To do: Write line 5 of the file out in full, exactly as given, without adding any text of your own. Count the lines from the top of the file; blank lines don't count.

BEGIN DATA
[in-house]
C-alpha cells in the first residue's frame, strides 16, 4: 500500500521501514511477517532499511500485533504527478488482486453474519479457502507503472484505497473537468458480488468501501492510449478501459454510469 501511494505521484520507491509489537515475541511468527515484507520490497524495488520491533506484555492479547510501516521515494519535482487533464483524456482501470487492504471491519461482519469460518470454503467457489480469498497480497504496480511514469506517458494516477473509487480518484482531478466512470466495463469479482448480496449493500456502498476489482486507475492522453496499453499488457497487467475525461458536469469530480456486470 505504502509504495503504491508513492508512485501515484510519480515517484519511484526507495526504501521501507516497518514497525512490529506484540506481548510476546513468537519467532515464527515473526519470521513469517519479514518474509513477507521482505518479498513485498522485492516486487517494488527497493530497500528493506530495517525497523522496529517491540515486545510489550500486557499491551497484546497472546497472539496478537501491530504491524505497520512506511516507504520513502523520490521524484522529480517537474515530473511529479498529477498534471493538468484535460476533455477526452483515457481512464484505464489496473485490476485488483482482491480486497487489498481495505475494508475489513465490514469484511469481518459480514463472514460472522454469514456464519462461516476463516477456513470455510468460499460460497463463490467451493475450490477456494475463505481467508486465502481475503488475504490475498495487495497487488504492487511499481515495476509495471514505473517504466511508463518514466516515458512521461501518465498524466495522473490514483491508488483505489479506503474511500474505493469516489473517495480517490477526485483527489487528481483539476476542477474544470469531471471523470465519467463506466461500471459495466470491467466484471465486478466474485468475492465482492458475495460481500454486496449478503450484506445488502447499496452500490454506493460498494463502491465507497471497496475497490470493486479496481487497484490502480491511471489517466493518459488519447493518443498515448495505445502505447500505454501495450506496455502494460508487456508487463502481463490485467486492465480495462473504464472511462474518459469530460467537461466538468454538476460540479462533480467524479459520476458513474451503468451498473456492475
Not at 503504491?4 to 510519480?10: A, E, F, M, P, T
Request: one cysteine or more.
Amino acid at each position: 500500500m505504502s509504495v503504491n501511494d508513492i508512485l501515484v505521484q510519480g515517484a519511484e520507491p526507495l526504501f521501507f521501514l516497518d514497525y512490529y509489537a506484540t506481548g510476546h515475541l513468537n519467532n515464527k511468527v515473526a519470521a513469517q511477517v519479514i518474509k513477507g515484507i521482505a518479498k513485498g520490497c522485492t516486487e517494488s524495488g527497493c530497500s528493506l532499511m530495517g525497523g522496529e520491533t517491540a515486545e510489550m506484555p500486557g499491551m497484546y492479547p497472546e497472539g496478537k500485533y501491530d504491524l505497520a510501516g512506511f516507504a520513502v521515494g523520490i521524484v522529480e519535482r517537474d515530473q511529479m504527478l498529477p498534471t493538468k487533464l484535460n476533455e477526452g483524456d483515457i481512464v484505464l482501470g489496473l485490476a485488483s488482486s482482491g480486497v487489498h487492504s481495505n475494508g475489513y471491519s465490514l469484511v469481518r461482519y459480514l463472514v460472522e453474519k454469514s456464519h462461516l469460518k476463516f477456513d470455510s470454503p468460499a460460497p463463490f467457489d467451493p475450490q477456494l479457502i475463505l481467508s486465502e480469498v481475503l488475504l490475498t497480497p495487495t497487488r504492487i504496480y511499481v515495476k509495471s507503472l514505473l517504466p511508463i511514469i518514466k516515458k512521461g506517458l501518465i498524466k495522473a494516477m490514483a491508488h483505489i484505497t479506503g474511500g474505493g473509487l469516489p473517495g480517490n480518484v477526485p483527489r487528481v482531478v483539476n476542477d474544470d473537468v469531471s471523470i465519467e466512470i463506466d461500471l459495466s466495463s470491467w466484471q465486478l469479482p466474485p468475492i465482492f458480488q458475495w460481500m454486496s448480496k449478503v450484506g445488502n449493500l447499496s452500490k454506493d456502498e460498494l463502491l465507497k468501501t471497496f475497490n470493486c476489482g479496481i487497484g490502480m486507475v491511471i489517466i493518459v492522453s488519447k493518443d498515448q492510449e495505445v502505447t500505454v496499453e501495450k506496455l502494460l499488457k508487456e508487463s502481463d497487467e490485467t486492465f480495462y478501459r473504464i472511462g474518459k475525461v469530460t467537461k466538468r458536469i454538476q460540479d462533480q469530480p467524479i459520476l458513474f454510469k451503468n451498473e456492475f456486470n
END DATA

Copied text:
Amino acid at each position: 500500500m505504502s509504495v503504491n501511494d508513492i508512485l501515484v505521484q510519480g515517484a519511484e520507491p526507495l526504501f521501507f521501514l516497518d514497525y512490529y509489537a506484540t506481548g510476546h515475541l513468537n519467532n515464527k511468527v515473526a519470521a513469517q511477517v519479514i518474509k513477507g515484507i521482505a518479498k513485498g520490497c522485492t516486487e517494488s524495488g527497493c530497500s528493506l532499511m530495517g525497523g522496529e520491533t517491540a515486545e510489550m506484555p500486557g499491551m497484546y492479547p497472546e497472539g496478537k500485533y501491530d504491524l505497520a510501516g512506511f516507504a520513502v521515494g523520490i521524484v522529480e519535482r517537474d515530473q511529479m504527478l498529477p498534471t493538468k487533464l484535460n476533455e477526452g483524456d483515457i481512464v484505464l482501470g489496473l485490476a485488483s488482486s482482491g480486497v487489498h487492504s481495505n475494508g475489513y471491519s465490514l469484511v469481518r461482519y459480514l463472514v460472522e453474519k454469514s456464519h462461516l469460518k476463516f477456513d470455510s470454503p468460499a460460497p463463490f467457489d467451493p475450490q477456494l479457502i475463505l481467508s486465502e480469498v481475503l488475504l490475498t497480497p495487495t497487488r504492487i504496480y511499481v515495476k509495471s507503472l514505473l517504466p511508463i511514469i518514466k516515458k512521461g506517458l501518465i498524466k495522473a494516477m490514483a491508488h483505489i484505497t479506503g474511500g474505493g473509487l469516489p473517495g480517490n480518484v477526485p483527489r487528481v482531478v483539476n476542477d474544470d473537468v469531471s471523470i465519467e466512470i463506466d461500471l459495466s466495463s470491467w466484471q465486478l469479482p466474485p468475492i465482492f458480488q458475495w460481500m454486496s448480496k449478503v450484506g445488502n449493500l447499496s452500490k454506493d456502498e460498494l463502491l465507497k468501501t471497496f475497490n470493486c476489482g479496481i487497484g490502480m486507475v491511471i489517466i493518459v492522453s488519447k493518443d498515448q492510449e495505445v502505447t500505454v496499453e501495450k506496455l502494460l499488457k508487456e508487463s502481463d497487467e490485467t486492465f480495462y478501459r473504464i472511462g474518459k475525461v469530460t467537461k466538468r458536469i454538476q460540479d462533480q469530480p467524479i459520476l458513474f454510469k451503468n451498473e456492475f456486470n